- The proportion of caesarean sections performed within each DHB ranged from 29.9 percent (Southland DHB) to 14.2 percent (Northland DHB).
- The national rate of epidural administration was 24.2 per 100 births. Mothers aged between 30 and 34 years and Asian mothers had the highest rates of epidural administration (26.3 and 32.0 per 100 births respectively), while Maori mothers had the lowest (13.2 per 100 births).
- Rates of epidural use ranged from 40.0 per 100 births in Capital and Coast DHB to 3.7 per 100 births in Lakes DHB.
- The national rate of inductions was 19.7 per 100 births. Mothers aged 40 years and over had the highest rate of inductions (25.8 per 100 births), and Maori mothers had the lowest (15.9 per 100 births).
- Rates of inductions ranged from a high of 26.2 per 100 births in West Coast DHB to 12.4 per 100 births in both Hawke’s Bay DHB.
- Of the 55,289 live babies born in New Zealand, 7.2 percent were born preterm (less than 37 weeks gestation). Babies of Maori mothers were more likely to be preterm (7.6 percent) or very preterm (less than 28 weeks gestation, 0.7 percent).
- In 2003, 51.4 percent of live babies born were male.
- The average birthweight of babies born in New Zealand was 3.41 kg. Male babies were on average heavier (3.46 kg) than female babies (3.35 kg). Asian babies had the lowest average birthweight (3.22 kg), while Pacific babies had the highest (3.55 kg).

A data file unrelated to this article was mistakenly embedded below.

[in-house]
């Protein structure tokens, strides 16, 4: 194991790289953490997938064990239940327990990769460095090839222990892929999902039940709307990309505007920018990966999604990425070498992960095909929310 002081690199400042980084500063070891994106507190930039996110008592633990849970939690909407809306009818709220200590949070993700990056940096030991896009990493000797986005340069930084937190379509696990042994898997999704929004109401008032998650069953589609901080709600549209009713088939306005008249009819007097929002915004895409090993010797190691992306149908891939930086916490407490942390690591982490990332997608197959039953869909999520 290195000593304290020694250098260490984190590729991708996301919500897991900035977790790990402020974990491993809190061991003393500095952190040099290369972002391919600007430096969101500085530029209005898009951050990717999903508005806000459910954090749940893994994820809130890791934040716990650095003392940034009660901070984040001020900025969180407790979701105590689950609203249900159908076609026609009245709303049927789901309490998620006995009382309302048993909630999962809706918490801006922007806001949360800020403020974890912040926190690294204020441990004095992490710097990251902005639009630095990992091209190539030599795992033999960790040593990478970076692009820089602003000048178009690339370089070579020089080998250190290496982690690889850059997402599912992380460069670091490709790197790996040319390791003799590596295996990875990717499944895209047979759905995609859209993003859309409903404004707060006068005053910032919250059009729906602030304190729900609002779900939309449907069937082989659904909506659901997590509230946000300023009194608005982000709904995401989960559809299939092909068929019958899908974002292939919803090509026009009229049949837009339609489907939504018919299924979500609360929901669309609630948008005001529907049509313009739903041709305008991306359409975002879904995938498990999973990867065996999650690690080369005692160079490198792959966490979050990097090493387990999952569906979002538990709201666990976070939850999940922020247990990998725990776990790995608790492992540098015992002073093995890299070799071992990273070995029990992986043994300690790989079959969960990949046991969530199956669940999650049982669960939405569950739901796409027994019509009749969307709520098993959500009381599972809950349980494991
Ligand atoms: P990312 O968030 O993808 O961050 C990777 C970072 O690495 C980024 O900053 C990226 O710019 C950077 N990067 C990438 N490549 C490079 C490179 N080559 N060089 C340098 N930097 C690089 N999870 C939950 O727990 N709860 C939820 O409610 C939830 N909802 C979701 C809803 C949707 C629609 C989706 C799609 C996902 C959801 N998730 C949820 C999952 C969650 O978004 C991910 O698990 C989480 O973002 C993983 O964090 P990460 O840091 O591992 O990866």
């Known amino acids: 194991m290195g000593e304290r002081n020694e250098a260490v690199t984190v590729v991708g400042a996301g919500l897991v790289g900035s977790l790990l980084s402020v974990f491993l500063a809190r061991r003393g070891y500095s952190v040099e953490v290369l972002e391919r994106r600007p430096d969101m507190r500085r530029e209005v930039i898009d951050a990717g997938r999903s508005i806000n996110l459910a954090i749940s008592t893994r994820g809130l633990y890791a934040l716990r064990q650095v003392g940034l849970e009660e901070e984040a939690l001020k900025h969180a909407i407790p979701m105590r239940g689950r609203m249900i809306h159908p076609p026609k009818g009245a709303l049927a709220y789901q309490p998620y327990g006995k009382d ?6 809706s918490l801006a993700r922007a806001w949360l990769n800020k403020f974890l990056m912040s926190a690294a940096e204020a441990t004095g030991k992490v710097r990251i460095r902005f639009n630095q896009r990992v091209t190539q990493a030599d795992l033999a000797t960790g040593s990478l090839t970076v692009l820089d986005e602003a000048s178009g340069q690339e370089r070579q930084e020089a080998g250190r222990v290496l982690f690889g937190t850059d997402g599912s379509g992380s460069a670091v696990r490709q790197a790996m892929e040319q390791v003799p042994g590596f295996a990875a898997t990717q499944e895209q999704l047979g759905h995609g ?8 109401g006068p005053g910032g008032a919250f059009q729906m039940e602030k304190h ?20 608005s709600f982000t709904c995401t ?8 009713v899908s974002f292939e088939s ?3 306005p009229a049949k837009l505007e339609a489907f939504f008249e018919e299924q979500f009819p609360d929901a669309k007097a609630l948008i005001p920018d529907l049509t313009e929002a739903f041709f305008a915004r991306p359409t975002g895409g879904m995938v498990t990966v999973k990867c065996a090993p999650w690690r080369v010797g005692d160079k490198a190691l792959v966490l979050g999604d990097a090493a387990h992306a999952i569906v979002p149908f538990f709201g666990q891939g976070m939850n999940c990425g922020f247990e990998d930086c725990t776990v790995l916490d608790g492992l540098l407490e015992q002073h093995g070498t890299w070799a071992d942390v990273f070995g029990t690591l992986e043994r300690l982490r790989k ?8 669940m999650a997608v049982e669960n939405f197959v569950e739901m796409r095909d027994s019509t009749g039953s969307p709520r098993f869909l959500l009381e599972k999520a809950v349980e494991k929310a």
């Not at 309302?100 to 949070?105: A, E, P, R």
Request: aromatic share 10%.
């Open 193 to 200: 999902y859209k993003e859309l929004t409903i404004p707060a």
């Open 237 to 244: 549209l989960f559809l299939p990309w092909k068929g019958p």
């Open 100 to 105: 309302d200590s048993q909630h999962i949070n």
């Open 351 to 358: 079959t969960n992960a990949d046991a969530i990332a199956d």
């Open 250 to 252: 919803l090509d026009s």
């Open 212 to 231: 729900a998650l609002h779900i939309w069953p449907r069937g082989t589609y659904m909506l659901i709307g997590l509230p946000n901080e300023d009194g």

- More Pacific babies had a birthweight over 4500 g (5.2 percent), compared with babies born to other ethnic groups (ranges from 1.0 percent to 2.7 percent).
- Low birthweight (less than 2500 grams) occurred in 3292 liveborn babies (6.0 percent). Of the full-term babies born (37 or more completed weeks of gestation), 2.0 percent had a low birthweight. The highest proportions of low-birthweight babies were born to Asian (7.9 percent) and Maori mothers (6.7 percent).
- The proportion of full-term babies with a low birthweight ranged from 4.0 percent in Whanganui DHB to 1.4 percent in Capital and Coast DHB.
- Of the babies born in hospital in 2003, Pacific babies had the highest perinatal death rate (13.8 deaths per 1000 total births), while Maori babies had the highest late neonatal death rate (0.9 deaths per 1000 live births). (See the definitions of perinatal deaths and neonatal deaths below.)
- The national rate of hospital born babies who died within the first 27 days of life (neonatal deaths) was 3.3 per 1000 live hospital births. Neonatal deaths ranged from 9.8 per 1000 live hospital births (West Coast DHB) to 0.5 per 1000 live hospital births (MidCentral DHB).